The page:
With a collective push, a group of middle school students from the Chesapeake Bay Maritime Museum’s Rising Tide after-school program trundled the St. Michaels sailing scow they’ve spent the spring constructing onto the water for the first time on Monday evening.
The 12-foot wooden boat, dubbed Pickle by a consensus vote of the builders, launched into Fogg’s Cove to spirited cheers from the assembled group of family, friends and program supporters.
“It’s fun because you get to see all the stuff that you worked on, and then it’s finally done,” said seventh-grader Sofia Mercado, after taking her turn to get a short ride in the boat. “It’s fun to make something and see it turn out well.”
Monday’s launch event, including an awards presentation and pickle juice toast, was a well-deserved celebration of months of hard work on the project.
Meeting on Mondays, Tuesdays, and Thursdays, a total of 19 middle school students logged a combined 630 hours toward the project this spring, following Shipwright Apprentice Megan Mitchell’s project plan with support from CBMM education staff and volunteers.
The scow build capped a busy and productive school year for Rising Tide, a free, donor-funded after-school program that has been teaching students in grades 6-9 basic boatbuilding and woodworking skills in a welcoming, relaxed environment since 2015.
“It’s been an incredible experience to see the Rising Tide participants take ownership of this project over the last few months,” CBMM Education Programs Manager Kendall Wallace said. “I hope this project will help to reinforce the ideas that anything is possible if you’re willing to try, and that patience and commitment can result in something to be incredibly proud of.
“I’m constantly inspired by the work they’ve put into this boat, which they can forever point to and say, ‘I built that.’”
Beginning in January, the Rising Tide students contributed to nearly every step in the process to bring the boat to life in the program workshop.
The project started by studying original plans in CBMM’s collection, drafted in 1929 for the Miles River Yacht Club by George Krill, to draw information about the boat’s shape and size and making a building plan for the molds to set the vessel’s structure.
Once construction commenced, the task list included assisting with milling lumber, scarfing planks, and transferring patterns from the lofting to the building stock. They were involved with the gluing up and shaping the mast and boom, crafting and installing all of the components, and painting the vessel, as well.
Each day brought new lessons for the students, ranging from wood species selection to proper use of block planes to the fine art of varnishing. One memorable February afternoon brought a field trip to the newly renovated Norman & Ellen Plummer Center for Museum Collections to examine a sail in the CBMM collection that was originally built for a St. Michaels scow.
The result was Pickle, which sparkled in the evening sun on Monday with its bright-white hull and green trim. It was the first boat built by the program since launching a pair of Chesapeake crab skiffs, Mary and Susan, in 2018.
Eighth-grader Mac Hudson said his favorite parts were learning the history of the boat and using a hand plane to shape it, while his brother Oskar, a sixth grader, liked getting to visit CBMM’s working Shipyard and the teamwork necessary to get the boat completed.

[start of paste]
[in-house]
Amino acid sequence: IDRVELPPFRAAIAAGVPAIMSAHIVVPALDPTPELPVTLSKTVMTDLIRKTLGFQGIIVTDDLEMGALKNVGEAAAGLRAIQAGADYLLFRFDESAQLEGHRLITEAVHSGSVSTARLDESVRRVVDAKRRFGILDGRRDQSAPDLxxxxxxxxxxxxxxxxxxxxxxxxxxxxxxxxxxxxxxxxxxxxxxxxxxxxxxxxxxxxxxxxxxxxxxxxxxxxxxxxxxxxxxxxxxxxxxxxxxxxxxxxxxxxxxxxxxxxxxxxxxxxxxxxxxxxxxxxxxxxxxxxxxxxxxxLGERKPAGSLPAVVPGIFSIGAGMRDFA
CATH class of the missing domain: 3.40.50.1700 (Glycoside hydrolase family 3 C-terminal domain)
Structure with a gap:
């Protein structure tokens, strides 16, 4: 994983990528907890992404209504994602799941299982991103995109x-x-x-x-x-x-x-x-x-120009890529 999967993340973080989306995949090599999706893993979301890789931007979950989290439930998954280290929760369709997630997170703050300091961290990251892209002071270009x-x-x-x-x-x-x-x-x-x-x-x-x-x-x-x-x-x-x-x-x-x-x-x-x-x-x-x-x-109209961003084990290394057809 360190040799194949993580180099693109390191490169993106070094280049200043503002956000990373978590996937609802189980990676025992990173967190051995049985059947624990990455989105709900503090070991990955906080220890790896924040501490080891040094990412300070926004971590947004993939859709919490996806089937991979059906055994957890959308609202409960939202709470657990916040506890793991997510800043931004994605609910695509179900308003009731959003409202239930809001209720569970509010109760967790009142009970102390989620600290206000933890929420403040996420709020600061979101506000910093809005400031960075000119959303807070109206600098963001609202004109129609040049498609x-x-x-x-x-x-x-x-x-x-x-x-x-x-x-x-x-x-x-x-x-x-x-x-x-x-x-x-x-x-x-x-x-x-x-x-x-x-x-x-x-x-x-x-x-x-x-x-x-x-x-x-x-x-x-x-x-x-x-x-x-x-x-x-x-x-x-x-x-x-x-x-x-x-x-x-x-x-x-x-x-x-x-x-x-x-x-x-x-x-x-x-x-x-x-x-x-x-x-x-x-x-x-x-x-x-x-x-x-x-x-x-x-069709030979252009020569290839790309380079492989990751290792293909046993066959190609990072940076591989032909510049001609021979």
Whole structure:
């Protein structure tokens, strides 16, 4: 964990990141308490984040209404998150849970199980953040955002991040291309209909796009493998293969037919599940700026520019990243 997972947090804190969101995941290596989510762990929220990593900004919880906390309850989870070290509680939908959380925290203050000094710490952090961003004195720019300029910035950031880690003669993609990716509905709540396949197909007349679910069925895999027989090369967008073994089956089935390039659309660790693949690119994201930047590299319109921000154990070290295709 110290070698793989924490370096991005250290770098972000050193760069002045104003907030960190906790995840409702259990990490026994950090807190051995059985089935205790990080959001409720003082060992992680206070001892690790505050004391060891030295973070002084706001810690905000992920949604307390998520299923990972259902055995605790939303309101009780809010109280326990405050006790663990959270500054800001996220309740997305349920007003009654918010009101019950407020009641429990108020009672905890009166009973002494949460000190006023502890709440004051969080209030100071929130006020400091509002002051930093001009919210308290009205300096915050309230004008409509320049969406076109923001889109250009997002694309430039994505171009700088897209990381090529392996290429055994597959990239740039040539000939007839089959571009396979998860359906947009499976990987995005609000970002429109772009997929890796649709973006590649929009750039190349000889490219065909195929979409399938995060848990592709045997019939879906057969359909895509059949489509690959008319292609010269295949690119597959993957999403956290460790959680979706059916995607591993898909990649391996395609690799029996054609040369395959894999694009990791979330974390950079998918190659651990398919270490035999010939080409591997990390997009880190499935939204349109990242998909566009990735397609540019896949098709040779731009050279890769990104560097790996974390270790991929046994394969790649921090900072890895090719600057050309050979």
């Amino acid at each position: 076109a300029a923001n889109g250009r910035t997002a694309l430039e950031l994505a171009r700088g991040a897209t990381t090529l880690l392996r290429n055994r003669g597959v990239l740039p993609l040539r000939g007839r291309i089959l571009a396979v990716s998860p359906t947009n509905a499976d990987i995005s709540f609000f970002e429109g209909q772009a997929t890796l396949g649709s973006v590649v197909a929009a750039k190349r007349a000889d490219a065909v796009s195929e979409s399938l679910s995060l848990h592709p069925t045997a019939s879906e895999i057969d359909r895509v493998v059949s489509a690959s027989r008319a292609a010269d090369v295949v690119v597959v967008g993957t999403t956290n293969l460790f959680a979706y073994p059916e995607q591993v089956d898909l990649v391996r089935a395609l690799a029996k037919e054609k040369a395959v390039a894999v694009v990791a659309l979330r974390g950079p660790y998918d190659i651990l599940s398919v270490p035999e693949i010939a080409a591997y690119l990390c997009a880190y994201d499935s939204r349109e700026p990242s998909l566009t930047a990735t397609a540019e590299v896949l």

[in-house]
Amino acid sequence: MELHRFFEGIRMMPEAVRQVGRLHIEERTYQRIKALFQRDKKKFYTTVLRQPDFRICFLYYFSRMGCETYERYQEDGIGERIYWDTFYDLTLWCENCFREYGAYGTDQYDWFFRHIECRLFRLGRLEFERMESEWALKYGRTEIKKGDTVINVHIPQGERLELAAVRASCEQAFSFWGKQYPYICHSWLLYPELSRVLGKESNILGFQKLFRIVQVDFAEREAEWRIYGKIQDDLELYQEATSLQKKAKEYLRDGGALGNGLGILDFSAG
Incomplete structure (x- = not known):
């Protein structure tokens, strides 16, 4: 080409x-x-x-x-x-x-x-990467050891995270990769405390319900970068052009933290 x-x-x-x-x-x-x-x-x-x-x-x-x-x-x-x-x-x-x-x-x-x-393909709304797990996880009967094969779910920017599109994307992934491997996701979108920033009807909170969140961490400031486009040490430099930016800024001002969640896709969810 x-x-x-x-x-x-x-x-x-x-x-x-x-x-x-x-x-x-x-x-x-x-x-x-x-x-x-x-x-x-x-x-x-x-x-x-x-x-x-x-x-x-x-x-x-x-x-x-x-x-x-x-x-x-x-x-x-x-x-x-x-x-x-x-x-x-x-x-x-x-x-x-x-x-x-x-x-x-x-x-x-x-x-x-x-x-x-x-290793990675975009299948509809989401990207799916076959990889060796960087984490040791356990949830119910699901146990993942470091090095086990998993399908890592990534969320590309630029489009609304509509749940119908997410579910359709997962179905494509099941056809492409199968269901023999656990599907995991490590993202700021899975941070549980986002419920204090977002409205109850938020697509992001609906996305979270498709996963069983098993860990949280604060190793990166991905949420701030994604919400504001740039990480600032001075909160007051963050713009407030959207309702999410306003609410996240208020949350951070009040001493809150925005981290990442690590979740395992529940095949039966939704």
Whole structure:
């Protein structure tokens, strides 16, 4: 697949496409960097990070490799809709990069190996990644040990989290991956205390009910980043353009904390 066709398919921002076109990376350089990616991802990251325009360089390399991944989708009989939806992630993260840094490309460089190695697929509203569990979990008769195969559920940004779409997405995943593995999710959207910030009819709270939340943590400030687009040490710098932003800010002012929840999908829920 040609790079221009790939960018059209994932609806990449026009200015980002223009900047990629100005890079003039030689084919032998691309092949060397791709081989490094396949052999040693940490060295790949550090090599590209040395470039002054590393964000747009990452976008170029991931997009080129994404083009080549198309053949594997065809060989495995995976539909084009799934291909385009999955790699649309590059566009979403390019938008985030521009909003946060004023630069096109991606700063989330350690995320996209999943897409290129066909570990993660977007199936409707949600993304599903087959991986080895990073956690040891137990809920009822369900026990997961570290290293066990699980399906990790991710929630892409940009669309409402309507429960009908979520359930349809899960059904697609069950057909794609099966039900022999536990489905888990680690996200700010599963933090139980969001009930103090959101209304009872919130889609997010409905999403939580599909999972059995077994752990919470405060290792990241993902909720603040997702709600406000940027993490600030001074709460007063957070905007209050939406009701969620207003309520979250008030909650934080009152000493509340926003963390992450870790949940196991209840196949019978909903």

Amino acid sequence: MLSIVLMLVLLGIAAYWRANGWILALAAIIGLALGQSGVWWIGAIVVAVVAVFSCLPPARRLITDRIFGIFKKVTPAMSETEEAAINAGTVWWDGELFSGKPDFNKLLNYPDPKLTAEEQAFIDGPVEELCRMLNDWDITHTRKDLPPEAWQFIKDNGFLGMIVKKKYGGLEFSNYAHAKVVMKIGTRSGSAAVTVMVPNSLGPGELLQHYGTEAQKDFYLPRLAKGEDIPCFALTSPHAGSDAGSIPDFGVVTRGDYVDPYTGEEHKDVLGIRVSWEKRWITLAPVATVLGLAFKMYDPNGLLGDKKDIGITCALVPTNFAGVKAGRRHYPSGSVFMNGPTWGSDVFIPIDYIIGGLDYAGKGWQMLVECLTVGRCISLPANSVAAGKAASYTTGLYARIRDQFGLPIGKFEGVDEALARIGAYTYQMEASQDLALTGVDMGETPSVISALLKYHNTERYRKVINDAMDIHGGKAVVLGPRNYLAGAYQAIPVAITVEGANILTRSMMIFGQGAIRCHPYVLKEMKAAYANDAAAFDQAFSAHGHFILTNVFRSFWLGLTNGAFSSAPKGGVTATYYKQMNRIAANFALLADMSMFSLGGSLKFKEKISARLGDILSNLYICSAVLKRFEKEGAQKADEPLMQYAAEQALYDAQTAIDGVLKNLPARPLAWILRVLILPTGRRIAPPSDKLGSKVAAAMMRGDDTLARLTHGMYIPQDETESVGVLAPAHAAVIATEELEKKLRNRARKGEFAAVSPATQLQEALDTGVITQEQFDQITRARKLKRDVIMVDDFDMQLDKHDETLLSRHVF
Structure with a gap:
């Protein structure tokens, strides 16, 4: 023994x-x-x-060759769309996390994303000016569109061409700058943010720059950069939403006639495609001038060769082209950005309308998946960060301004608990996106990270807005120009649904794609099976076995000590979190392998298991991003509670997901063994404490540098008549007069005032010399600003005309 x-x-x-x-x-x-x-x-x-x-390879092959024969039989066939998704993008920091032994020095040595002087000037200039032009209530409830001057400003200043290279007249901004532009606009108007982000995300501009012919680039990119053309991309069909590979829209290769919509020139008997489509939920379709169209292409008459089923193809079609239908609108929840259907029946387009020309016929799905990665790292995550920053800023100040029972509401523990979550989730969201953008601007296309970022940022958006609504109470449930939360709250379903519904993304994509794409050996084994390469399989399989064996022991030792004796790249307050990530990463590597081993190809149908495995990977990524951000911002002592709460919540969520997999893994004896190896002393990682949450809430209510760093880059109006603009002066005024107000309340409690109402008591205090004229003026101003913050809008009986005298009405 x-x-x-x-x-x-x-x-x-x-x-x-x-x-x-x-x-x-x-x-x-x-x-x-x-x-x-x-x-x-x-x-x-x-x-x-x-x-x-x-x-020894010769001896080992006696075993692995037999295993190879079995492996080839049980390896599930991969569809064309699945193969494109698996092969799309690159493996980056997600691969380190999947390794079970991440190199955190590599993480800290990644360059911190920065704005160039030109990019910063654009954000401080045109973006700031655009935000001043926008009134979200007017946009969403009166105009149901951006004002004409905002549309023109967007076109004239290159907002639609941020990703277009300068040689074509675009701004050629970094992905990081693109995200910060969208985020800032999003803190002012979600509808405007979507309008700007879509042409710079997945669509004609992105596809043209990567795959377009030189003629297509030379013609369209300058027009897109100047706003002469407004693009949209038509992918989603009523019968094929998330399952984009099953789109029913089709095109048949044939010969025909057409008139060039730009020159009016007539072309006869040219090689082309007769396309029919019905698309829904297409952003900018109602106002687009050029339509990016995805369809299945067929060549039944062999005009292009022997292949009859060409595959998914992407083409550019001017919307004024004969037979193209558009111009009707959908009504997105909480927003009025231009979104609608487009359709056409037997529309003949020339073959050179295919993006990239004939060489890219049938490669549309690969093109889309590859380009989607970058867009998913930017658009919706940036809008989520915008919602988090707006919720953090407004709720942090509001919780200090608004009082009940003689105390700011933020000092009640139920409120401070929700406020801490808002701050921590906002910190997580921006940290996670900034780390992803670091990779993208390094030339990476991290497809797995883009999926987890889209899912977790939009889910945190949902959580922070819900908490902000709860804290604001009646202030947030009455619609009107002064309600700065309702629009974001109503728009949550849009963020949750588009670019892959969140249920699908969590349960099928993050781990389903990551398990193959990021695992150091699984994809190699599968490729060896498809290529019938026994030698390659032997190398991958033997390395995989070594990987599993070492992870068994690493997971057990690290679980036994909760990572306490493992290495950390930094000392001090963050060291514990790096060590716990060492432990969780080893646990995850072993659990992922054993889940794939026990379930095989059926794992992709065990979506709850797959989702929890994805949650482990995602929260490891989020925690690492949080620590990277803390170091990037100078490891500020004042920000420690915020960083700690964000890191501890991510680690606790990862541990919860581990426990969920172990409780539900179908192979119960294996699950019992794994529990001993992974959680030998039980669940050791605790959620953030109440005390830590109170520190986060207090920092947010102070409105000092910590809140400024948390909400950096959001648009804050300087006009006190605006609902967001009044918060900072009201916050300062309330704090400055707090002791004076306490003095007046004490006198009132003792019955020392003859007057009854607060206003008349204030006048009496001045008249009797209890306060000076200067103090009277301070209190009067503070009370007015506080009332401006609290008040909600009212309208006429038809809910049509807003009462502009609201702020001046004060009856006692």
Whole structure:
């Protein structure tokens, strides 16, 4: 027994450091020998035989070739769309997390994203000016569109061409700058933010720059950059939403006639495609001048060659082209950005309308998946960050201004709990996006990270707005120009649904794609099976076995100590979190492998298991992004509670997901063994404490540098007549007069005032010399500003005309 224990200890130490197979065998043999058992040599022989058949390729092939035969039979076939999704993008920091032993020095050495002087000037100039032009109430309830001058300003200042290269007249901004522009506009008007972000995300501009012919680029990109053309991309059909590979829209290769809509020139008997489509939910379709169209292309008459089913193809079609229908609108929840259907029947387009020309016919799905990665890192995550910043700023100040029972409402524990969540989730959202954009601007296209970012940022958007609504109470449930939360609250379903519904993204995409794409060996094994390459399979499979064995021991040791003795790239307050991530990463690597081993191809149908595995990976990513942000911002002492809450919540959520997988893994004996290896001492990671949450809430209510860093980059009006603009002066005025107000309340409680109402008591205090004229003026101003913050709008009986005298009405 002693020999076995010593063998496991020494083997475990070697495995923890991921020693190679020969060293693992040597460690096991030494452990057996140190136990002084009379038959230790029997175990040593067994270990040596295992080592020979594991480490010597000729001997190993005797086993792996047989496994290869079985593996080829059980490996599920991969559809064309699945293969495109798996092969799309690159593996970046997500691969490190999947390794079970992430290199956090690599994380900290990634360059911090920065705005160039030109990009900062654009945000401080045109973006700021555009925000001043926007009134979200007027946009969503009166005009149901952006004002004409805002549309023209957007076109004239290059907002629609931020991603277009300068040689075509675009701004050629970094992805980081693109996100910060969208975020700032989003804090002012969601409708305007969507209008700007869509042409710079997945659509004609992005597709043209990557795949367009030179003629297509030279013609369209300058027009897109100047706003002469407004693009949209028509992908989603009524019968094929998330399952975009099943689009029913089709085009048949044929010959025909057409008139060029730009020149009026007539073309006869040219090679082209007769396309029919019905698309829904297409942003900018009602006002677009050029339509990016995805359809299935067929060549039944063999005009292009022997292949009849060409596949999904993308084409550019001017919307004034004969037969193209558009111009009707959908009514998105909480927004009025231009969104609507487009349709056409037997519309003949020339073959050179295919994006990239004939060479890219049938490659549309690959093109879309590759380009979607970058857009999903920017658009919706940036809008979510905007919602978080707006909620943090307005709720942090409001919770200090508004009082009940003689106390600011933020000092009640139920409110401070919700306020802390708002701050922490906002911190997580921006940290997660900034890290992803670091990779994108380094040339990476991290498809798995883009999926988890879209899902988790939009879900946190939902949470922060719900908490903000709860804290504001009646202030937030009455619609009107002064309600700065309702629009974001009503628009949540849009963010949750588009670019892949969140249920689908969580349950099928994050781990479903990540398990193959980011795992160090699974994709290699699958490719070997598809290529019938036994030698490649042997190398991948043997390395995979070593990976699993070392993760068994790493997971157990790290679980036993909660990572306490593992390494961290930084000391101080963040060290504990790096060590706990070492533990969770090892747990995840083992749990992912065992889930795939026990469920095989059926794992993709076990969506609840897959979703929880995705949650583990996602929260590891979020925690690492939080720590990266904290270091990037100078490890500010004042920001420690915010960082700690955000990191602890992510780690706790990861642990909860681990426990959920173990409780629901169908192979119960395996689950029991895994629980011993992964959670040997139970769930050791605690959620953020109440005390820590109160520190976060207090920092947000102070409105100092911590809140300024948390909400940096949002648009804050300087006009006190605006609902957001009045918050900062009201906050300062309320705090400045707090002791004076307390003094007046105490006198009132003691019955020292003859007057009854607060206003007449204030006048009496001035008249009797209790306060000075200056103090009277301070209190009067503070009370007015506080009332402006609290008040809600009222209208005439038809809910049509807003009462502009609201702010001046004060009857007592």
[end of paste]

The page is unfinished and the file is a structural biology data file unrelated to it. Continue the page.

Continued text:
“We all worked together,” Mac Hudson said. “It’s cool that we got to help make it, and now it’s an actual boat that we can take on the water.”
For Mitchell, the build served as a capstone project of sorts in her final year of CBMM’s Shipwright Apprentice Program. She agreed to take on the project in December and quickly found it a mix of fun and challenging.
“We’ve learned a lot from the project about what is necessary to complete a project like this with a build philosophy that the kids are helping in a meaningful way,” Mitchell said. “That’s so important. We want them to be involved. If they’re just occasionally rubbing sandpaper on the boat, that’s not meaningful and that’s not building skills for them.”
Beyond the chance to teach her craft to the next generation, Mitchell found it meaningful to take a step back in time to complete a classic design with a distinctly local history.
True to its name, the scow is a St. Michaels original, serving as the racing class of the Miles River Yacht Club in the 1920s and ’30s. One of the few surviving examples is in CBMM’s collection and will be featured in the new watercraft heritage exhibition in the new Welcome Center.
This is likely the first one to be built in town in decades.
“It has been very a cool project to be a part of,” Mitchell said. “The Chesapeake produces a lot of very strange styles of boat that are easily replaced by mass-produced, more-generalized designs, but sometimes having this specific design for this very specific place is an extremely valuable thing.”
“It’s one of the things I love most about CBMM and its programs. Here, we don’t shy away from that specificity.”
Monday’s launch marked the end of spring programming but certainly not the workshop fun for the students involved. Many of them will take part in CBMM’s Summer Camp in the coming weeks, and Rising Tide will resume in the fall with a new, yet-to-be-determined project to tackle.
Wallace is eager to make sure it’s something that will allow the students to build on the hands-on skills that they’ve practiced this spring and the camaraderie the group developed along the way.
“I don’t want you to forget the less technical skills that we practiced every day,” Wallace told the assembled group Monday. “We worked as a team, we practiced patience and understanding, we faced our mistakes when we made them, and we figured out how to do something that I don’t think any of us had ever done before.”